The Deepwater Horizon Study Group (DHSG) was formed by members of the Center for Catastrophic Risk Management (CCRM) at the University of California at Berkeley in May 2010 in response to the Deepwater Horizon disaster. CCRM is a group of academic researchers and practitioners from diverse disciplines who attempt to share their knowledge of safety, organizational reliability and the mitigation of adverse human and natural events. CCRM researchers have expertise in engineering, law, the offshore petroleum industry, accident investigation, protection of sensitive environments, and in organizational management for dangerous environments.
Based on currently available data and information, this report summarizes the major findings and conclusions developed by the DHSG since the second progress report was issued. These findings address 'going forward' challenges associated with the Macondo well blowout.
November 24, 2010
The Deepwater Horizon Study Group submits these comments on the Commission's preliminary technical and managerial conclusions presented on November 8 and 9, 2010. In light of these conclusions and our analyses related to the Deepwater Horizon explosion and fire during the past seven months, we provide specific recommendations to help ensure that future offshore drilling in "new frontier" areas will operate within acceptable levels of risks.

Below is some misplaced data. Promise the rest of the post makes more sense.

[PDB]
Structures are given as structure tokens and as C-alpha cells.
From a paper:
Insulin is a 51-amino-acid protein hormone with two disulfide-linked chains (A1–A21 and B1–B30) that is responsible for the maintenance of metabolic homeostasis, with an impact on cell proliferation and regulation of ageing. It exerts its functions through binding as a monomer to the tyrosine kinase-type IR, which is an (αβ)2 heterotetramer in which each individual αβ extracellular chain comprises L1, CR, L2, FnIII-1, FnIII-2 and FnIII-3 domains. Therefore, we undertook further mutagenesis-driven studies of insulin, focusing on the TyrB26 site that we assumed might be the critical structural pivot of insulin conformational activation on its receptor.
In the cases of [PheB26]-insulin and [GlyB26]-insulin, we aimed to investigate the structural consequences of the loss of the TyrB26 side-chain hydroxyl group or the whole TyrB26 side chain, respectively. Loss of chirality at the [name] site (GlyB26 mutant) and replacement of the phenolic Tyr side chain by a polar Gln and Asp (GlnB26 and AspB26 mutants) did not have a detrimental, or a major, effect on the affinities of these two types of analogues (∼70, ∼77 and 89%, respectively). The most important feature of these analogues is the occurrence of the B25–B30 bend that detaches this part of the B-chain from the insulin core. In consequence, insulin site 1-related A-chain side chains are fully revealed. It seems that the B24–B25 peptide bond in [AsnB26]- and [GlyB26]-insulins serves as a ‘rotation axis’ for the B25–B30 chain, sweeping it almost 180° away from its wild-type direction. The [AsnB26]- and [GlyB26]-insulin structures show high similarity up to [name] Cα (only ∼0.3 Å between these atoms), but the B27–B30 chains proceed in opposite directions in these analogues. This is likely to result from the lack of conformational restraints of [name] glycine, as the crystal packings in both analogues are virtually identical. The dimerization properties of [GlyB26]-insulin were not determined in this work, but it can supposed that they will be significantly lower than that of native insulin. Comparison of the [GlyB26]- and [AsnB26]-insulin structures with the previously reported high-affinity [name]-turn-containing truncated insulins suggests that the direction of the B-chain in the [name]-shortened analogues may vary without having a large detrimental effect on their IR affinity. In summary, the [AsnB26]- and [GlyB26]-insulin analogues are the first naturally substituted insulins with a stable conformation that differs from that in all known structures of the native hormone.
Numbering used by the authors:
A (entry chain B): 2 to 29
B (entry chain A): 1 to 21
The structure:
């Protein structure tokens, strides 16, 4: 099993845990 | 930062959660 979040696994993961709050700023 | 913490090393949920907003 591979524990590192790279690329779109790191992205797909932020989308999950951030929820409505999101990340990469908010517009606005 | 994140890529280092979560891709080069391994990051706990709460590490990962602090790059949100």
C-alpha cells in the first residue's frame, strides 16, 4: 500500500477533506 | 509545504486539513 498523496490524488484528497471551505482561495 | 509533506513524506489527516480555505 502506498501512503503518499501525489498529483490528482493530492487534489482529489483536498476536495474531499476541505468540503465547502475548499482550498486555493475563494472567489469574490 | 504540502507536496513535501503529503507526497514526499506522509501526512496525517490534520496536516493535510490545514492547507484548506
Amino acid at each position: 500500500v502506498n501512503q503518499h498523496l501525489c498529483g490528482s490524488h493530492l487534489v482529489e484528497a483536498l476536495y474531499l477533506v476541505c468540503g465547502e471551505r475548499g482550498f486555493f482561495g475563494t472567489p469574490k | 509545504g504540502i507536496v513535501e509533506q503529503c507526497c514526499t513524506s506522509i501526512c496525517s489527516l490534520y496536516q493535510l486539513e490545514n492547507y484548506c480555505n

July 15, 2010
President Obama tasked the Graham-Reilly Commission with providing recommendations on how to prevent future spills and mitigate their impacts. The University of California, Berkeley (UCB) Deepwater Horizon Study Group (DHSG) has been asked to submit monthly reports of its findings to the Commission and to the public. This second progress report is a sequel to the May 24, 2010 report from UCB’s Center for Catastrophic Risk Management, Failures of the Deepwater Horizon Semi-Submersible Drilling Unit, and addresses both “looking back” and “looking forward” issues and recommendations to avoid future spills from deepwater offshore operations.
Draft June 11, 2010
Working paper by Professor Karlene Roberts. "Technical problems are caused by people, organizations and systems of organizations operating together. This paper examines the people, organizational, and systems issues identified in a number of catastrophic accident investigations. We suggest that since there is similarity across incidents in the kinds of issues uncovered, they should be the first “people” issues examined in any investigation of the Gulf oil spill."
Draft May 20, 2010
"Based on currently available information (provided by approximately 50 informants) and analyses of that information (400 hours) has provided the following preliminary insights into the failures of the Deepwater Horizon Drilling Unit on and after April 20, 2010."